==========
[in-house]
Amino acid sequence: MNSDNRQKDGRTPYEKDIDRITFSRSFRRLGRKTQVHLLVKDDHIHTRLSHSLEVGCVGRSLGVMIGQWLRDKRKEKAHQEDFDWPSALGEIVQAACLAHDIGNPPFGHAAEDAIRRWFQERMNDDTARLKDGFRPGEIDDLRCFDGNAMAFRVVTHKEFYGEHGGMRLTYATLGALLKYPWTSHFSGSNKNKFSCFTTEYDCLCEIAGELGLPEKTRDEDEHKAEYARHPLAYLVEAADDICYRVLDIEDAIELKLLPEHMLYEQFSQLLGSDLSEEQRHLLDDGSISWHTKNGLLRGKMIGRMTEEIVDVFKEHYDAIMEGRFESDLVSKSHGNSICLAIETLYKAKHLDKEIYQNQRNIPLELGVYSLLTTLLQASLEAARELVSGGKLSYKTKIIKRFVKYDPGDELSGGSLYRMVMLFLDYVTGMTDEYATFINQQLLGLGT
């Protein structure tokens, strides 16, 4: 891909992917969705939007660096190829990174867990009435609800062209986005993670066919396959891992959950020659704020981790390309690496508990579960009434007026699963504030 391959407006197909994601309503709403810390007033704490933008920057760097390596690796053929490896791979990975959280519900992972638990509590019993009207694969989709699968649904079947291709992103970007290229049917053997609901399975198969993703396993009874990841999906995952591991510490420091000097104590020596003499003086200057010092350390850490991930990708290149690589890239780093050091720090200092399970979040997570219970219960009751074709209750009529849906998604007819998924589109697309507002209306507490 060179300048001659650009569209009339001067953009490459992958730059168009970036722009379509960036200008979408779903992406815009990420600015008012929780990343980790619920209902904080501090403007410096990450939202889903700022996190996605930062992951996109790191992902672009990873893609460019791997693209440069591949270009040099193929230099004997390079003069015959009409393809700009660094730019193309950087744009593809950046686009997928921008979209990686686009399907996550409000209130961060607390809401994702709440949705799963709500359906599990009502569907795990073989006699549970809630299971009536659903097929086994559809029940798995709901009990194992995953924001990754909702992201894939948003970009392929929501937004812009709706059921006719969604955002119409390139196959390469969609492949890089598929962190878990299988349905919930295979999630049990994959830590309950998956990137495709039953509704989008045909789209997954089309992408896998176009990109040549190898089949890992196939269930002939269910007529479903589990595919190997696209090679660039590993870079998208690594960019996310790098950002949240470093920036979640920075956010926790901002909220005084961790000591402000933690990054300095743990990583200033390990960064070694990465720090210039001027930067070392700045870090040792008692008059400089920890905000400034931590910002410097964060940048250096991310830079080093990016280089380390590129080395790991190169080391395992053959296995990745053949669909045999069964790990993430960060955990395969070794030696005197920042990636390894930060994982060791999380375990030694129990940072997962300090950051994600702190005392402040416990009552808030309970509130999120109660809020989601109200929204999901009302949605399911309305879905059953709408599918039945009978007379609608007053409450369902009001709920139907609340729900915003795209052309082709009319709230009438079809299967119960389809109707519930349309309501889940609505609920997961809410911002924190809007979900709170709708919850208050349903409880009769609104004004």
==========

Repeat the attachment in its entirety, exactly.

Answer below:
[in-house]
Amino acid sequence: MNSDNRQKDGRTPYEKDIDRITFSRSFRRLGRKTQVHLLVKDDHIHTRLSHSLEVGCVGRSLGVMIGQWLRDKRKEKAHQEDFDWPSALGEIVQAACLAHDIGNPPFGHAAEDAIRRWFQERMNDDTARLKDGFRPGEIDDLRCFDGNAMAFRVVTHKEFYGEHGGMRLTYATLGALLKYPWTSHFSGSNKNKFSCFTTEYDCLCEIAGELGLPEKTRDEDEHKAEYARHPLAYLVEAADDICYRVLDIEDAIELKLLPEHMLYEQFSQLLGSDLSEEQRHLLDDGSISWHTKNGLLRGKMIGRMTEEIVDVFKEHYDAIMEGRFESDLVSKSHGNSICLAIETLYKAKHLDKEIYQNQRNIPLELGVYSLLTTLLQASLEAARELVSGGKLSYKTKIIKRFVKYDPGDELSGGSLYRMVMLFLDYVTGMTDEYATFINQQLLGLGT
């Protein structure tokens, strides 16, 4: 891909992917969705939007660096190829990174867990009435609800062209986005993670066919396959891992959950020659704020981790390309690496508990579960009434007026699963504030 391959407006197909994601309503709403810390007033704490933008920057760097390596690796053929490896791979990975959280519900992972638990509590019993009207694969989709699968649904079947291709992103970007290229049917053997609901399975198969993703396993009874990841999906995952591991510490420091000097104590020596003499003086200057010092350390850490991930990708290149690589890239780093050091720090200092399970979040997570219970219960009751074709209750009529849906998604007819998924589109697309507002209306507490 060179300048001659650009569209009339001067953009490459992958730059168009970036722009379509960036200008979408779903992406815009990420600015008012929780990343980790619920209902904080501090403007410096990450939202889903700022996190996605930062992951996109790191992902672009990873893609460019791997693209440069591949270009040099193929230099004997390079003069015959009409393809700009660094730019193309950087744009593809950046686009997928921008979209990686686009399907996550409000209130961060607390809401994702709440949705799963709500359906599990009502569907795990073989006699549970809630299971009536659903097929086994559809029940798995709901009990194992995953924001990754909702992201894939948003970009392929929501937004812009709706059921006719969604955002119409390139196959390469969609492949890089598929962190878990299988349905919930295979999630049990994959830590309950998956990137495709039953509704989008045909789209997954089309992408896998176009990109040549190898089949890992196939269930002939269910007529479903589990595919190997696209090679660039590993870079998208690594960019996310790098950002949240470093920036979640920075956010926790901002909220005084961790000591402000933690990054300095743990990583200033390990960064070694990465720090210039001027930067070392700045870090040792008692008059400089920890905000400034931590910002410097964060940048250096991310830079080093990016280089380390590129080395790991190169080391395992053959296995990745053949669909045999069964790990993430960060955990395969070794030696005197920042990636390894930060994982060791999380375990030694129990940072997962300090950051994600702190005392402040416990009552808030309970509130999120109660809020989601109200929204999901009302949605399911309305879905059953709408599918039945009978007379609608007053409450369902009001709920139907609340729900915003795209052309082709009319709230009438079809299967119960389809109707519930349309309501889940609505609920997961809410911002924190809007979900709170709708919850208050349903409880009769609104004004």